NZB Files Made Simple
NZB files are a list of posts that you want to download from Usenet. Most often, they list all of the parts of a single piece of content that you want to download. It doesn't sound as powerful as it is, but imagine that you have found a 4 Gigabyte video on a news group. If it was uploaded in 1 Megabyte blocks then it is in 4,000 pieces! If you are browsing a newsgroup, then your Usenet software will just combine all of these and show you 1 listing for the single item that it really is, but what if you wanted to tell someone else about that 4 Gigabyte video? Better yet, what if you wanted to use a search engine like NZBindex.nl to find things that you like and have your software download them? That search engine needs to be able to give you something to help your software find the 4,000 pieces of that video. That something is an NZB.
So, your friend sent you an NZB file for a great post, or you found something on a website or search engine that looks interesting and you got it from them. It's a thin little thing that looks almost readable if you opened it (go ahead, it's ok).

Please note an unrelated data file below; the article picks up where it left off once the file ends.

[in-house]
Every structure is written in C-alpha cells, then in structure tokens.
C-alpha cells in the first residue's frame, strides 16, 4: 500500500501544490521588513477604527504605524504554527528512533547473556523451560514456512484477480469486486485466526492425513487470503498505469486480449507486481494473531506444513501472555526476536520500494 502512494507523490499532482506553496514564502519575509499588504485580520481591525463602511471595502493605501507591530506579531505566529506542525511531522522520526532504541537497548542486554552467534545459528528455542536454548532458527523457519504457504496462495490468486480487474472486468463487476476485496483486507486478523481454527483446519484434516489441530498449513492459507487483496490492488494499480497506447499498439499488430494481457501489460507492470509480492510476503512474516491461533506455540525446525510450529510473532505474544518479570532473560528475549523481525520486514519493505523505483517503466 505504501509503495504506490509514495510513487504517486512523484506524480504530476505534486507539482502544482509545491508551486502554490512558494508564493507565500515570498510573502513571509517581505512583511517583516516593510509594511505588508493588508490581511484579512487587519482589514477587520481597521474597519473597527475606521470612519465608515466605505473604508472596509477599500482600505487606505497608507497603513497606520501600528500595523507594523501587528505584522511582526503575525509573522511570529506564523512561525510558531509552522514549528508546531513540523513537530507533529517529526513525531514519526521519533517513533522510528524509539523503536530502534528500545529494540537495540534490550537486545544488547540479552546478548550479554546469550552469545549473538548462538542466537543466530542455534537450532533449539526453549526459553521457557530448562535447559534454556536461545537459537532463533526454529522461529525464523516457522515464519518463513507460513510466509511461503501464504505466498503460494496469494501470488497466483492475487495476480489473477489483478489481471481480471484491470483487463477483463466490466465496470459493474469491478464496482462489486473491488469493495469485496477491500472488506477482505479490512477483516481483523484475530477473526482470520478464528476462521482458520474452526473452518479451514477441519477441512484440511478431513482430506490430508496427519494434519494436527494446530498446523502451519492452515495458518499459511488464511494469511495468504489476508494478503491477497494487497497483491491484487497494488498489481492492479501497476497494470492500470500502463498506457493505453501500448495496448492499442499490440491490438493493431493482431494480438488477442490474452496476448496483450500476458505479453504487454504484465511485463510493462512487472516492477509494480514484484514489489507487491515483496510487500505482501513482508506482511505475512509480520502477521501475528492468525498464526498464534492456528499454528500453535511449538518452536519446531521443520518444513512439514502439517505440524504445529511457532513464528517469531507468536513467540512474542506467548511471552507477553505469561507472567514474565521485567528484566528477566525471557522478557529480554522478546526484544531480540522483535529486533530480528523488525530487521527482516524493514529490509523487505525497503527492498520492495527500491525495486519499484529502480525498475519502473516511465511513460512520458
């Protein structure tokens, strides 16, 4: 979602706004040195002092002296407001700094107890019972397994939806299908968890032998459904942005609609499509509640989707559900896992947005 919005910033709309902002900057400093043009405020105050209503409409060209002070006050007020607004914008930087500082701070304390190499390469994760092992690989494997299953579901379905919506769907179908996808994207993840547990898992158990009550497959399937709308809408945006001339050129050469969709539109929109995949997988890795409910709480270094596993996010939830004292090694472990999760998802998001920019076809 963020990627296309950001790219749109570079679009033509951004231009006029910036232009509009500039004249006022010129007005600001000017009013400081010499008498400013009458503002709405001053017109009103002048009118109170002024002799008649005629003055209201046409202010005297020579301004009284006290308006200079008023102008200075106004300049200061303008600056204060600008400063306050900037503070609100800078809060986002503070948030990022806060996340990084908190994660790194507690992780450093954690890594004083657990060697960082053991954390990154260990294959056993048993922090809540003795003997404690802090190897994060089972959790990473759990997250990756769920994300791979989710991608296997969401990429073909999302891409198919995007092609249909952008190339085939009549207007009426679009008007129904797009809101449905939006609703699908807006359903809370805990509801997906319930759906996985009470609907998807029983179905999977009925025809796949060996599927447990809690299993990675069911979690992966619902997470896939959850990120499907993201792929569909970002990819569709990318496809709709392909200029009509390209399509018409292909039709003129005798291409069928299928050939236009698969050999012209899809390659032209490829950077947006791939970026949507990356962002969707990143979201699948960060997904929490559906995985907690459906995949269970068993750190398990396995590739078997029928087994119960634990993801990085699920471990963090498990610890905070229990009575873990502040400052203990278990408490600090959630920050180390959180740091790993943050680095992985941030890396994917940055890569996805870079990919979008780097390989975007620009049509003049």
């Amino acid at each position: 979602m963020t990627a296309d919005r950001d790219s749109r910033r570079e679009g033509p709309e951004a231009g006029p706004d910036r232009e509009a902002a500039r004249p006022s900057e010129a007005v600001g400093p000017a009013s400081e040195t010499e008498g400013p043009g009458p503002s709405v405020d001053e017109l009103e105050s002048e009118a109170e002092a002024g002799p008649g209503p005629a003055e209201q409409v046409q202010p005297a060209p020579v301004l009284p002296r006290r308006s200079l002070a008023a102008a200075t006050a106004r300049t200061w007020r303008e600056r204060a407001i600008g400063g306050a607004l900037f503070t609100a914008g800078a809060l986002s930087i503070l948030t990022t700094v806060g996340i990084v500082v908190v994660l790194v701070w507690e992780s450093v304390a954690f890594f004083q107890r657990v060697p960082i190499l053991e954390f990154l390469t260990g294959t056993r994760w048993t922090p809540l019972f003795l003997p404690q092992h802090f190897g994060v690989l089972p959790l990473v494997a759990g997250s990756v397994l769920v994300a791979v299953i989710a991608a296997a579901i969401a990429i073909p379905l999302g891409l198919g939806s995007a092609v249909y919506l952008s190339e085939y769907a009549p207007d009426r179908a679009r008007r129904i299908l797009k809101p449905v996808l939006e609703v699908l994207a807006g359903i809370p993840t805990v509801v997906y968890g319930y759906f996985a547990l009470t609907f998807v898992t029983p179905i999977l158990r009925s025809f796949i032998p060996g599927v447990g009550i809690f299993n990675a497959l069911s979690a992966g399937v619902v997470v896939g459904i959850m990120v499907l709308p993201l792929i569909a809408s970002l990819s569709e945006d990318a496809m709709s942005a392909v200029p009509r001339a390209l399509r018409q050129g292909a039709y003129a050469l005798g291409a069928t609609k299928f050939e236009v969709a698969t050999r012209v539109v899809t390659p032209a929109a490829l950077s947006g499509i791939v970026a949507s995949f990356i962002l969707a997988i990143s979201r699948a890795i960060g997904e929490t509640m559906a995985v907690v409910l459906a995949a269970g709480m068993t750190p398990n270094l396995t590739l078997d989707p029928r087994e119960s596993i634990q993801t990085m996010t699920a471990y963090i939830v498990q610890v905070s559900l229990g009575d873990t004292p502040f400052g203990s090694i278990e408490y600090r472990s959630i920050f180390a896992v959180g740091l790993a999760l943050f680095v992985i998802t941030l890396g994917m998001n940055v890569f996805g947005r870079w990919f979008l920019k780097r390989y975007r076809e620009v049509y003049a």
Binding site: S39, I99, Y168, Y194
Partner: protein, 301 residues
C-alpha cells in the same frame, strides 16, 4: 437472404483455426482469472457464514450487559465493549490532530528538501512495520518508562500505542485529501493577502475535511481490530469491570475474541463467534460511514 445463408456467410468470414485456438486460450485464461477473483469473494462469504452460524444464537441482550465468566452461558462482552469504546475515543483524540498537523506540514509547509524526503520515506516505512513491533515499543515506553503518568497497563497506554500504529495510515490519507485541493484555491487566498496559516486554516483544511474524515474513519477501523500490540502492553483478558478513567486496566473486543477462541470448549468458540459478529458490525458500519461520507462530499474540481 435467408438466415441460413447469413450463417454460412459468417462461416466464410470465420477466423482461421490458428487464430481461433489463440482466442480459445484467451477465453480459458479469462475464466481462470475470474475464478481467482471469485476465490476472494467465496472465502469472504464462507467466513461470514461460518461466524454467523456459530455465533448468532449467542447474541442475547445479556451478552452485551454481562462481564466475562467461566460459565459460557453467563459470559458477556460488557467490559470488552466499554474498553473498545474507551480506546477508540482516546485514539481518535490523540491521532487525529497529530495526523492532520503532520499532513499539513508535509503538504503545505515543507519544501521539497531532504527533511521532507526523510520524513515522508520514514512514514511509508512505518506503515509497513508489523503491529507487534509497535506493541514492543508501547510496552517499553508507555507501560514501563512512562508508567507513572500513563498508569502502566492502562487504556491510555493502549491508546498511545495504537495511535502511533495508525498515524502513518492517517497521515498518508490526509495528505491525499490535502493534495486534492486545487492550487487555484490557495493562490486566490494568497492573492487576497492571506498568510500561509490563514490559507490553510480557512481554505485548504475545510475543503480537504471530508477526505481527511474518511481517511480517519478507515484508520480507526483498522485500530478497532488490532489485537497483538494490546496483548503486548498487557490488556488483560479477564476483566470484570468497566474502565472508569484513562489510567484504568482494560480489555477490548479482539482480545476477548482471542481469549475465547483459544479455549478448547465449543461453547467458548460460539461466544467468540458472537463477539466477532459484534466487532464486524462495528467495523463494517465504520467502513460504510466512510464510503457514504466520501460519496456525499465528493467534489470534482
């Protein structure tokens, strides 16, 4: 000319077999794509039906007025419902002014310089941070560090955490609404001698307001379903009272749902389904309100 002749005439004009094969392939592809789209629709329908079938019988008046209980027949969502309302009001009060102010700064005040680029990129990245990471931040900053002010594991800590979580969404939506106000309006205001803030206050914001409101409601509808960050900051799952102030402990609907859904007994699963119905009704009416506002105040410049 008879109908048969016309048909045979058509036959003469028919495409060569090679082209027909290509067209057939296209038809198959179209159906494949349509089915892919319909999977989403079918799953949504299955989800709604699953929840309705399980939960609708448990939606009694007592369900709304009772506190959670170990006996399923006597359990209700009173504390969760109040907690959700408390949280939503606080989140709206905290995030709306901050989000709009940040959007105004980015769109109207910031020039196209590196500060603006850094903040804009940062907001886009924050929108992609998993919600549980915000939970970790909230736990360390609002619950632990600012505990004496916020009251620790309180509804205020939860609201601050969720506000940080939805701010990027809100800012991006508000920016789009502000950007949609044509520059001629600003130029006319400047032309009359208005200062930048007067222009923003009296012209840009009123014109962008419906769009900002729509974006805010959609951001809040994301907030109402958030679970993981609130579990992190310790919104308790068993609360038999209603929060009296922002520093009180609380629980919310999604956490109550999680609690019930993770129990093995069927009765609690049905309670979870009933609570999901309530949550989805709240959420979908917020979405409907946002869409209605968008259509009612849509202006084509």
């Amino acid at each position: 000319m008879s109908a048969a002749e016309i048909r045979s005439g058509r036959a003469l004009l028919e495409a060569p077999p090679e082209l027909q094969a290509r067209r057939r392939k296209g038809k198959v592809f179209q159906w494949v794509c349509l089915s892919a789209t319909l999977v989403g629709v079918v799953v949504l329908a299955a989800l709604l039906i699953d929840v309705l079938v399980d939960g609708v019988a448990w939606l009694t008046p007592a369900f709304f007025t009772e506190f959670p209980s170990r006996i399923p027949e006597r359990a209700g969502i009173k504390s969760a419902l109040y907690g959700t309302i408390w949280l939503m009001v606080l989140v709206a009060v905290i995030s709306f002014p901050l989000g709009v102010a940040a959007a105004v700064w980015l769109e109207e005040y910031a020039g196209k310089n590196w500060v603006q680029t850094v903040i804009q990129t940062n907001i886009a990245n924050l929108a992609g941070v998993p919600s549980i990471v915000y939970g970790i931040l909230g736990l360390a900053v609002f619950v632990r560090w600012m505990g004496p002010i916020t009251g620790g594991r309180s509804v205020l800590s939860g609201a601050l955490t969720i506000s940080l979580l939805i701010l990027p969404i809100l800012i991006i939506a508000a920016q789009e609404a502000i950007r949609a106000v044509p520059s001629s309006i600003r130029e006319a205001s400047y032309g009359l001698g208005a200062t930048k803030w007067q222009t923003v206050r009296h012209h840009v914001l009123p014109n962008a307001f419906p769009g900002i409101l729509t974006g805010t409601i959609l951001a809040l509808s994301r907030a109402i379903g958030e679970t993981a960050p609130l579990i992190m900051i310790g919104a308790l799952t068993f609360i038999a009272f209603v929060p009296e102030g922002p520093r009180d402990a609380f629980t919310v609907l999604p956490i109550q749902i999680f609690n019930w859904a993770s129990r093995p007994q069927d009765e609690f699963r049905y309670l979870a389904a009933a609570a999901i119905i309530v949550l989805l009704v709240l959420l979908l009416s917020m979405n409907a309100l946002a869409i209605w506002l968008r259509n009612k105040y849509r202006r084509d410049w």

It has all of the information for each segment of the content, in an XML-based format. This includes the newsgroup it was posted to, the subject, who posted it, the date, Message-ID's, and the size of all of the parts.
Now you need software to be able to actually use it to download. The most popular software currently out there for this is SABnzbd. It has a massive user base and is stable, fast, free, works well with indexers, and it's also open source.
Once you have SABnzbd installed and your Usenet Storm account is configured (click here to get one), you can give this one little NZB file you have to SABnzbd and it will get everything automatically, and even take care of any decompression or repair if it is needed. This can be done by just double-clicking on the NZB and or you can give it the URL so you don't even need to have it on your computer, this just depends on what is easier for you.
That's it, they are pretty simple. They provide an easy way to tell other people about large files. They aren't the files themselves, but a condensed list of them that your software can use to get the actual content. Once you give the NZB file to your software, the process is totally hands off and as automatic as if you had double-clicked on something to download from a newsgroup.
As you can see, they make web-based Usenet search engines and indexers possible, and can make your downloads and sharing your finds with friends much easier.